This is a solid component?!

There is a missing face leaving a hole, but SketchUP says it is a solid!

How about uploading the SKP file so we can check it out?

Leg_01.skp (57.5 KB)

I think you’ve created an interesting conundrum for the Solid Inspector and for SketchUp. There is indeed a hole there.

Adding a face in there creates an issue, too. On the other hand, do you really want the hole coming down through the corner of the post?

I recall reading that there are some known corner-cases that can fool the analysis of solids. Perhaps @tt_su or @TIG could comment further.

That is how it was manufactured. Seems the top plate is used with other legs, where it is centered and the whole 4 holes are used. Actually, it is fastened with a screw to the body.

Could the holes really be faces, just hidden?

It’s an interesting case.
No hidden faces and nothing on off-layers.
The reason thomthom’s SolidInspector² AND my SolidSolver both fail to spot the hole, is that SketchUp itself reports the grouped geometry as a manifold solid - so no further action is anticipated/done.
Which is clearly incorrect, because the hole is bounded by some edges which only support one face each: and of course the definition of a manifold solid is that every edge supports exactly two faces !
Adding a face to the hole then stops SketchUp reporting it as Solid !
SolidSolver² considers the face just added as incorrectly oriented and reverses it ! That’s a limitation of the algorithm used to find reversed faces.
The image above shows the top part [in Xray mode] and faces 1, 2 and 3 are taken as using the blue colored edge***. This is weird since face-1 only touches that edge at a vertex !!
I found this out by grouping it, selecting it, and using a simple Ruby snippet in the Console:

m=Sketchup.active_model;ss=m.selection;g=ss[0];ss.clear;g.entities.grep(Sketchup::Edge).each{|e|if e.faces.length!=2;ss.add([e]+e.faces);puts;break;end };puts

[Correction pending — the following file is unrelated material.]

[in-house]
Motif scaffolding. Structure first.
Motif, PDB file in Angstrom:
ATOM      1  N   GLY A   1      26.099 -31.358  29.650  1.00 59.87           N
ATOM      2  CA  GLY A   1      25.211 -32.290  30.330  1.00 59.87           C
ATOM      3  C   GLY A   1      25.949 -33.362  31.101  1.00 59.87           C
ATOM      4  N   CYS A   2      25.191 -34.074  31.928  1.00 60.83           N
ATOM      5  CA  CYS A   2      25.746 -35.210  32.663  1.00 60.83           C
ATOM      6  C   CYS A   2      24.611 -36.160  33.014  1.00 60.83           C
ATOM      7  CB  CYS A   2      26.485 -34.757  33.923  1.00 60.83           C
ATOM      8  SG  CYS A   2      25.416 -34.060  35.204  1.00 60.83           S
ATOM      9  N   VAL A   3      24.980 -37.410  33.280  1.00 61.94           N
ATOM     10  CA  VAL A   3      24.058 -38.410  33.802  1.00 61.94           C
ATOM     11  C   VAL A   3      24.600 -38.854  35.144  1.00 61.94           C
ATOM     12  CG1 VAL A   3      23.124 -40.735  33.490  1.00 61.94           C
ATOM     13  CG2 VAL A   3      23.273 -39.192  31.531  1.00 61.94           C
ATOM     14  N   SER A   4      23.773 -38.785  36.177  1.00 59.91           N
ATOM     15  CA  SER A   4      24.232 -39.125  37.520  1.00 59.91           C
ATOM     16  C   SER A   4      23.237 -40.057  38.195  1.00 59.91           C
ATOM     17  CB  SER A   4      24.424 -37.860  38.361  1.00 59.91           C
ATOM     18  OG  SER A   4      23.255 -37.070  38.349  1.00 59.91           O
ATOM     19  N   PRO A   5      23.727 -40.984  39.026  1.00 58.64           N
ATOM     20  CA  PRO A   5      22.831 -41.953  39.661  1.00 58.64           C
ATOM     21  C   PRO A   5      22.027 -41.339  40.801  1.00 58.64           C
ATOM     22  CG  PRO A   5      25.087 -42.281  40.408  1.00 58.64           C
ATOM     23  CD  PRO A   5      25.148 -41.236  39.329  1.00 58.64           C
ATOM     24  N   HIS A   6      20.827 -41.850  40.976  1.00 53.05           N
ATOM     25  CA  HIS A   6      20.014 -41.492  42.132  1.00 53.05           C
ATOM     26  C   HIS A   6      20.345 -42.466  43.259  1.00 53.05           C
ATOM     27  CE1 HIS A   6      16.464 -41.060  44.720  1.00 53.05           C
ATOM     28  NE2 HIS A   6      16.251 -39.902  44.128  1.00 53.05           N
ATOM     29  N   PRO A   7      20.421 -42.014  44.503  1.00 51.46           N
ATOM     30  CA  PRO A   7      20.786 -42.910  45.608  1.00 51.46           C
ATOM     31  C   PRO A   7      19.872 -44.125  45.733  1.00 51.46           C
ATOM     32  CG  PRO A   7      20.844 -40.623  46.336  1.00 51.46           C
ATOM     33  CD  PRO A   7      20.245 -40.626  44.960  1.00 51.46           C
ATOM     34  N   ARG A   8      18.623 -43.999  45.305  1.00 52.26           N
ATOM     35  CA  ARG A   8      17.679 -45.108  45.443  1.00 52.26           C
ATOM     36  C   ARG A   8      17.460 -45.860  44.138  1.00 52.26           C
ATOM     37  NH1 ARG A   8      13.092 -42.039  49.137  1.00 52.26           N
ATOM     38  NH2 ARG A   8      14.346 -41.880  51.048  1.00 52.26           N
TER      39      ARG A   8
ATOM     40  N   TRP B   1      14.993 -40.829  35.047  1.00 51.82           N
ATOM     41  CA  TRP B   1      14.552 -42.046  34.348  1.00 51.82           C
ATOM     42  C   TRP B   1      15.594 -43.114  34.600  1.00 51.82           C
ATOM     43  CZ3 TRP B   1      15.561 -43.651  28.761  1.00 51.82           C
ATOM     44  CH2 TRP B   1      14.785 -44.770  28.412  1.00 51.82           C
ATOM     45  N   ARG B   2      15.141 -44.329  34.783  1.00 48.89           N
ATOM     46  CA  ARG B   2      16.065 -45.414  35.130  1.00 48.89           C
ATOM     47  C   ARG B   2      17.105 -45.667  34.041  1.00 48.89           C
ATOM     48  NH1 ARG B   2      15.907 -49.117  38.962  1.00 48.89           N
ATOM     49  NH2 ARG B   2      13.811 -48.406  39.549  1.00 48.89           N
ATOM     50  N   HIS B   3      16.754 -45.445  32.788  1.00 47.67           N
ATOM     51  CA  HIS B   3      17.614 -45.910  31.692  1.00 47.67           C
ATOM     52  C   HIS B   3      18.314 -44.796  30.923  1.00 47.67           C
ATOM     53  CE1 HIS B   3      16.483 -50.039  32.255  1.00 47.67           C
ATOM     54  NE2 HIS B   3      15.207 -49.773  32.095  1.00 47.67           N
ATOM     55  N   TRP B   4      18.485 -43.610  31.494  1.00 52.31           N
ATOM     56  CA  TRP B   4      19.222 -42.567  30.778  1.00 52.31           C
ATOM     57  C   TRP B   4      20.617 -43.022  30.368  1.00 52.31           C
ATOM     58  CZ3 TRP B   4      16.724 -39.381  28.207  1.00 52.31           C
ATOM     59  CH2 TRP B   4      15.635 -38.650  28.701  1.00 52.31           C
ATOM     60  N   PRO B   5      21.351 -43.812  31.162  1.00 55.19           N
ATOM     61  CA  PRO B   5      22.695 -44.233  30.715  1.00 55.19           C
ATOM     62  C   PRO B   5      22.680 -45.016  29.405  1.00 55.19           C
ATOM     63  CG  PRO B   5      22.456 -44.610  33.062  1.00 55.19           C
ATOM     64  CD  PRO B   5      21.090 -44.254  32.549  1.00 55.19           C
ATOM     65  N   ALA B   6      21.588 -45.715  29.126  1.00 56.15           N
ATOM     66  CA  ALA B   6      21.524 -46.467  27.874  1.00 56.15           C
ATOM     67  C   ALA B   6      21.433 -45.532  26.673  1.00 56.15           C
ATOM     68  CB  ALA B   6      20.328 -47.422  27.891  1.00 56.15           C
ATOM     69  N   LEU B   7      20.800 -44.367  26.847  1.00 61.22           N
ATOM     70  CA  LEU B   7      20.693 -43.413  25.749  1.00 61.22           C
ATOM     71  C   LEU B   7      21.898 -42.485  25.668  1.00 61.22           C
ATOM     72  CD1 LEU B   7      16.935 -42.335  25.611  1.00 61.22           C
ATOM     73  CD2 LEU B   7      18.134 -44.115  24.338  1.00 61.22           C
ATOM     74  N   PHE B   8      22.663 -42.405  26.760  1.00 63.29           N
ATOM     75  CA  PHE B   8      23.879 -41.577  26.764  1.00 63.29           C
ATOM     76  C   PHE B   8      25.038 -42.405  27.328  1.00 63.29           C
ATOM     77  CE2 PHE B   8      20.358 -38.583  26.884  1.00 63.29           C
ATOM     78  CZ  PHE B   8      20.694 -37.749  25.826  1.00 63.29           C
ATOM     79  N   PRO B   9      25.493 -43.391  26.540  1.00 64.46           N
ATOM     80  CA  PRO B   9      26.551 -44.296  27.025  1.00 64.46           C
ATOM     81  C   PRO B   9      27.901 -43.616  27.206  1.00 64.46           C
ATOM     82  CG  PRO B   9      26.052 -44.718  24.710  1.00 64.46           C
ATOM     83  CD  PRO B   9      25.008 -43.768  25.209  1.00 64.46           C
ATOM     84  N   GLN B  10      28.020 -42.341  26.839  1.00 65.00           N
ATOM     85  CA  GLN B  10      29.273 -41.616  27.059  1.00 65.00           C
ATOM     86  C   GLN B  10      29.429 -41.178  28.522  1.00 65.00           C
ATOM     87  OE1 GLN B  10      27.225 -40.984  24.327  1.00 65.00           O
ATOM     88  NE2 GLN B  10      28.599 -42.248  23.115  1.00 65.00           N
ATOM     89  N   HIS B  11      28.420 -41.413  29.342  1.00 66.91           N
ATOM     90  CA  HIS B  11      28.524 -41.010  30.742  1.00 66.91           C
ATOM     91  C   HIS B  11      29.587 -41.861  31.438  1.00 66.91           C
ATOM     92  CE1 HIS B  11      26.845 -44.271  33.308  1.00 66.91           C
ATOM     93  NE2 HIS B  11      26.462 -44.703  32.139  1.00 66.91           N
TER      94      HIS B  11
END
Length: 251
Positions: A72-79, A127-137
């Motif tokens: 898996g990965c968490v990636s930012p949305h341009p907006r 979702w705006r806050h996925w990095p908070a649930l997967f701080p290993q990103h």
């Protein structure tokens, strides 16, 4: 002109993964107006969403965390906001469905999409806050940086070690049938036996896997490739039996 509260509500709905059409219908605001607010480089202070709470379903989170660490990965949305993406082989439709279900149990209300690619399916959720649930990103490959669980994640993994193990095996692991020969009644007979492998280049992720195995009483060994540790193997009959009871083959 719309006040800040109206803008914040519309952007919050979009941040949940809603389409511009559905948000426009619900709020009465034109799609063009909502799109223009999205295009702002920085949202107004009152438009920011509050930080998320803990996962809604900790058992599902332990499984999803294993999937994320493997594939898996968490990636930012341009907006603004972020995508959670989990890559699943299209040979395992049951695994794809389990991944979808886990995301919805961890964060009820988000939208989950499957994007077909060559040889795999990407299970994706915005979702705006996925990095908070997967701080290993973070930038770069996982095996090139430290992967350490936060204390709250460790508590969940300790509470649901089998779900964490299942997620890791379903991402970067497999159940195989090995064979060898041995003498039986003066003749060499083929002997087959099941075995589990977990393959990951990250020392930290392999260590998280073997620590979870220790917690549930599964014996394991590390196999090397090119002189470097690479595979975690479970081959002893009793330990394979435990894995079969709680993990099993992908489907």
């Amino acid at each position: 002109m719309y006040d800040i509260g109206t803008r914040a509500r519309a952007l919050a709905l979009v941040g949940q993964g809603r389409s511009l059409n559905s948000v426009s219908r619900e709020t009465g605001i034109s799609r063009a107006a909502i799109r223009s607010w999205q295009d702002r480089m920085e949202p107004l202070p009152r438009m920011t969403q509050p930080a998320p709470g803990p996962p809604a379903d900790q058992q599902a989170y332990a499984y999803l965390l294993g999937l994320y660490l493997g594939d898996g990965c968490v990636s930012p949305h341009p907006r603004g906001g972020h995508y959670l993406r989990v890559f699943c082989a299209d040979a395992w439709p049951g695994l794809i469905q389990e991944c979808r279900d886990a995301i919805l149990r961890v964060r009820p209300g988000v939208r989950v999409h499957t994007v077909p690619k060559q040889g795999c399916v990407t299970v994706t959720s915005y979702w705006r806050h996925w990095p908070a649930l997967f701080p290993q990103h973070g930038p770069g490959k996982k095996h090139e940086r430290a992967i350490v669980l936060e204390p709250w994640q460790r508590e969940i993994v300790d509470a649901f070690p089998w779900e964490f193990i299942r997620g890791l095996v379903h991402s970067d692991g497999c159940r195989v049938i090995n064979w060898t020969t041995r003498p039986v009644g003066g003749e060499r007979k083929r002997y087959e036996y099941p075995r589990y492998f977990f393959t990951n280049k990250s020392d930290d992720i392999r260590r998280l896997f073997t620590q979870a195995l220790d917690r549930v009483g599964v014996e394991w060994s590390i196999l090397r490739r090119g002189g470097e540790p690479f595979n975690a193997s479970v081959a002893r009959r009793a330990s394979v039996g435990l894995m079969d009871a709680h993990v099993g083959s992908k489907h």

BUT there is a straightforward fix…

Add the missing face and PushPull it downwards by 0.1mm.
Now it reports as a Solid.
In the image below the highlighted face shows it very slightly lower and the yellow dots show the two tiny 0.1mm long vertical edges which get made.
If this is to be 3d-printed then such a small dimension will be all but invisible.

Thanks, TIG - always learn something new.

The model geometry is for some reason corrupted. If you double click the lower face (select it’s bouning edges) you end up with this selection. For some reason SketchUp hasn’t merged 2 of the inner loops (holes) into one.

The Ruby API reports all edges bind exactly two faces (prior to me removing some to get a better view), which explains why solid inspector regards it a solid.

Sketchup.active_model.entities.grep(Sketchup::Edge).map { |e| e.faces.size }.uniq
# => [2]

You can also check how many loops SketchUp regards the face in question to have. The expected result would be 5, one outer and 4 inner, but it reports 6.

# => 6

Cutting and pasting in place, as well as redrawing edges to renew faces, often fixes this kind of issues.

1 Like

Maybe off topic, but I’d probably model this as two groups as it appears to be two distinct parts joined together.

That’s the crux of it. I’m not sure how the model got into that state. But SU doesn’t even detect an issue when using Fix Problems.

Any insight to how this geometry was created? What native tools? Extensions? Imported?

Native SU tools. Two components joined together with SU “Solid Union”.

Do you still have the original components? If we can reproduce it it would help greatly.

1 Like

Short video how i made it - (2.2 MB)

1 Like

Logged as SKOR-11265